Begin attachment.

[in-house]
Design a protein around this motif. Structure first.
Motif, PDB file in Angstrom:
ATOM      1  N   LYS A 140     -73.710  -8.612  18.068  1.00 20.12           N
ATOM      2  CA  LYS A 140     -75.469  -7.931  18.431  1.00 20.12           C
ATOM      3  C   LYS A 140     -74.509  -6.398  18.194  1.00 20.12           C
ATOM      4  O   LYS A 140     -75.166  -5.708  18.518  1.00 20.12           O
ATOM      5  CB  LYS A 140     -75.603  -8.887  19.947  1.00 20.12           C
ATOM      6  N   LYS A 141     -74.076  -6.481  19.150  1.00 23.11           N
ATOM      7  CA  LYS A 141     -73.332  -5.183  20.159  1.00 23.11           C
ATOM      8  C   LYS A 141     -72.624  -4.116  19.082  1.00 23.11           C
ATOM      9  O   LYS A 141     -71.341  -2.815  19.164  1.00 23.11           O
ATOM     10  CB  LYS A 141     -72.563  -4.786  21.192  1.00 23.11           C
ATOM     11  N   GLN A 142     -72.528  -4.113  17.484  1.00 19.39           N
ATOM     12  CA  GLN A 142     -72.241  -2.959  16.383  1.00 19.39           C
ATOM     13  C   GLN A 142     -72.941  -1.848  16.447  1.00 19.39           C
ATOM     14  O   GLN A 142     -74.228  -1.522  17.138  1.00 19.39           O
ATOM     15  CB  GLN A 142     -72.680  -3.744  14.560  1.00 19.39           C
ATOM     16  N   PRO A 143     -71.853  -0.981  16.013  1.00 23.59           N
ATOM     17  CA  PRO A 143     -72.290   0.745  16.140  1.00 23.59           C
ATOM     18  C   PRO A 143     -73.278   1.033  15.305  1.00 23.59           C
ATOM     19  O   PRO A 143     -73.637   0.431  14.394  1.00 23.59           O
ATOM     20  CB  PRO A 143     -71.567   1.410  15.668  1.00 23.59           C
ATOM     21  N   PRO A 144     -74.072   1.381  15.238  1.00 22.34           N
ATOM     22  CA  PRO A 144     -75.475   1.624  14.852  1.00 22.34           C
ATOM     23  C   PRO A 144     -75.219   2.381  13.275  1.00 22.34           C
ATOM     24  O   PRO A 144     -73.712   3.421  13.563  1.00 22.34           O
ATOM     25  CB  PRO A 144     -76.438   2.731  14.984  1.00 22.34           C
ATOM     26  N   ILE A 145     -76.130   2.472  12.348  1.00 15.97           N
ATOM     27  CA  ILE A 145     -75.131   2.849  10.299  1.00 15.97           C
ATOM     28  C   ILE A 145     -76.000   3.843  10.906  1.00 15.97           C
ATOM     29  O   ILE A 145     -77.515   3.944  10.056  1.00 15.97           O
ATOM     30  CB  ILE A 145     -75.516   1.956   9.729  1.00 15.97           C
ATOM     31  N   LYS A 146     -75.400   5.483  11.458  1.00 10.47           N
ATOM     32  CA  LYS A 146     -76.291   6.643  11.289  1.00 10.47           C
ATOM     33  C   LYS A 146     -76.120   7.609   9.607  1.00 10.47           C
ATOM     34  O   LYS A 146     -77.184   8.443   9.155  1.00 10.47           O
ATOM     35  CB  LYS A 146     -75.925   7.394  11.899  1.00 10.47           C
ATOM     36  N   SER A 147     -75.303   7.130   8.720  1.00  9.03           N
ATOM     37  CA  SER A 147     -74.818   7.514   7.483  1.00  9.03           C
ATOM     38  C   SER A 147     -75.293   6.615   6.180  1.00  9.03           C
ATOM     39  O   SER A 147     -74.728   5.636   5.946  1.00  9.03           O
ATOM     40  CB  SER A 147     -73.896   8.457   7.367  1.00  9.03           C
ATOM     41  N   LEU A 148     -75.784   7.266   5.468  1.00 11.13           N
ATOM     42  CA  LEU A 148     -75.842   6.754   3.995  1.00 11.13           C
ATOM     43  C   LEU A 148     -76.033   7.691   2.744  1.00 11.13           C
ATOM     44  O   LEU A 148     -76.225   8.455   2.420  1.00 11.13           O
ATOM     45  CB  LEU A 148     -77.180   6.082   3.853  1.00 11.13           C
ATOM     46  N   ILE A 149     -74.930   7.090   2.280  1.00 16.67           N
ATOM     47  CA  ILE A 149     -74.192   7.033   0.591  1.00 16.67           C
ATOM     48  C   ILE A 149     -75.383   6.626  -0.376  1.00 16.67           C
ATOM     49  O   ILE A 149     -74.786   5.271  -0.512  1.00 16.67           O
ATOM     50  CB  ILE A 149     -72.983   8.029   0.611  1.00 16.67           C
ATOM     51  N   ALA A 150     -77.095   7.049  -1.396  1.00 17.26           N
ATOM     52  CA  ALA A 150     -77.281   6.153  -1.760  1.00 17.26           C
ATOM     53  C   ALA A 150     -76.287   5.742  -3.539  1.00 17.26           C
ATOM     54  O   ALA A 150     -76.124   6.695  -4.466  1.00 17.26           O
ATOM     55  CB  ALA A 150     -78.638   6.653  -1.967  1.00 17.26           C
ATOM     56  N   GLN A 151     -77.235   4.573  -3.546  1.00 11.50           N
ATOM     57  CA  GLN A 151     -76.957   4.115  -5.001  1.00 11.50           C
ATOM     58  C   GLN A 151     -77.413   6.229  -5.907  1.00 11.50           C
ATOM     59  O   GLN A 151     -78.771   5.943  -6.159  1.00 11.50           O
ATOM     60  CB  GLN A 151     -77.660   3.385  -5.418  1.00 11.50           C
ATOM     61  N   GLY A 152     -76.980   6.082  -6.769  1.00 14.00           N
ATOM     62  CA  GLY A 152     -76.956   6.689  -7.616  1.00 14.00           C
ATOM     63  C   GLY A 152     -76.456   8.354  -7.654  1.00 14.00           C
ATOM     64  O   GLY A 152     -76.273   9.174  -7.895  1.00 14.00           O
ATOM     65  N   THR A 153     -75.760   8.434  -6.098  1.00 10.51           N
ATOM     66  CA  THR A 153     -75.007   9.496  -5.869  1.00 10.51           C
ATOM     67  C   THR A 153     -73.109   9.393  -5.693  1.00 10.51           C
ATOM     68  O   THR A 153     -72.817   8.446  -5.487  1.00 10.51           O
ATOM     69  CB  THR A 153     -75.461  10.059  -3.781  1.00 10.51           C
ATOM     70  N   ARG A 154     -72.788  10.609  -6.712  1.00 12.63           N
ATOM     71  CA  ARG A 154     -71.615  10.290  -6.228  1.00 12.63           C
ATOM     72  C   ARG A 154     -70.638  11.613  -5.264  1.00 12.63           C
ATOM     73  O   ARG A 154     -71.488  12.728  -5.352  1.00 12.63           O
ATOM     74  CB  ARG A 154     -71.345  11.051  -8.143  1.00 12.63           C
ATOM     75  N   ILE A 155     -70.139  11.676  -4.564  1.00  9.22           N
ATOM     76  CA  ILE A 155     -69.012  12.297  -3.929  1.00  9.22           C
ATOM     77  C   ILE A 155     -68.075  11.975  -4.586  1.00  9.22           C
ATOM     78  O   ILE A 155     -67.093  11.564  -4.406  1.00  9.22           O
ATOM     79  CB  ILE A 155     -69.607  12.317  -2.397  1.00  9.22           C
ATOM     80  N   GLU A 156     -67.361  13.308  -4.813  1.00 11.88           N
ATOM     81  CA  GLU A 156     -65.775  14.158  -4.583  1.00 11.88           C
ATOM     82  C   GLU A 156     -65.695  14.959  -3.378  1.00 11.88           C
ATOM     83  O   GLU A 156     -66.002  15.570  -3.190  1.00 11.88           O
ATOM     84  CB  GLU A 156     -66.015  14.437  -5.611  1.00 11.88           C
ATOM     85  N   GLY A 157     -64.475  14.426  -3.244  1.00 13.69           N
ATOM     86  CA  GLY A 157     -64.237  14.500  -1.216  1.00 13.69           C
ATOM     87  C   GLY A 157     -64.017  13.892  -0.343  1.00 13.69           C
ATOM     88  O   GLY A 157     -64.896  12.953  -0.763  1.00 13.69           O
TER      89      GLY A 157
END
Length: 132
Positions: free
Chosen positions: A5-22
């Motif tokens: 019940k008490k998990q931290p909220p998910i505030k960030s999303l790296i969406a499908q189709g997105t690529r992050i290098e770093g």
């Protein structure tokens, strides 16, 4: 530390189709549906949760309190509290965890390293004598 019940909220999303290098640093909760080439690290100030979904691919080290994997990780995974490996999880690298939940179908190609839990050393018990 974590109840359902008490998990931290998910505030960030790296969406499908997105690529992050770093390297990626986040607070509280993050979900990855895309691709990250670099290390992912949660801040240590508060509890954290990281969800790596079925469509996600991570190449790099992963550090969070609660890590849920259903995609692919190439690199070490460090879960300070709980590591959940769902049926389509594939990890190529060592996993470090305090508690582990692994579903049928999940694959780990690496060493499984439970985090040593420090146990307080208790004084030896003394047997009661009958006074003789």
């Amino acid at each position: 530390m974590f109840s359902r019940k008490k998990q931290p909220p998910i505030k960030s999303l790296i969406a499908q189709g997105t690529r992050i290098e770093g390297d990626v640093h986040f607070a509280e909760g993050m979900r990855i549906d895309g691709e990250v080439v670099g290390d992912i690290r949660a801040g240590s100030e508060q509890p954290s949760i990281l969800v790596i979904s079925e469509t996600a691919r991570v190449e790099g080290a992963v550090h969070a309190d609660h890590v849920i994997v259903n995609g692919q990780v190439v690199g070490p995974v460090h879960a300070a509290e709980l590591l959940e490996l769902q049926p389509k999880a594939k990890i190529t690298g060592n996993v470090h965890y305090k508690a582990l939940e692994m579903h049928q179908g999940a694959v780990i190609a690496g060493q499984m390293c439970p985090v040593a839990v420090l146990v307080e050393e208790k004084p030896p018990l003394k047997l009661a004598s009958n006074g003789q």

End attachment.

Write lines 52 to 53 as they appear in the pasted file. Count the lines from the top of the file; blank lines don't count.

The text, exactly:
ATOM     49  O   ILE A 149     -74.786   5.271  -0.512  1.00 16.67           O
ATOM     50  CB  ILE A 149     -72.983   8.029   0.611  1.00 16.67           C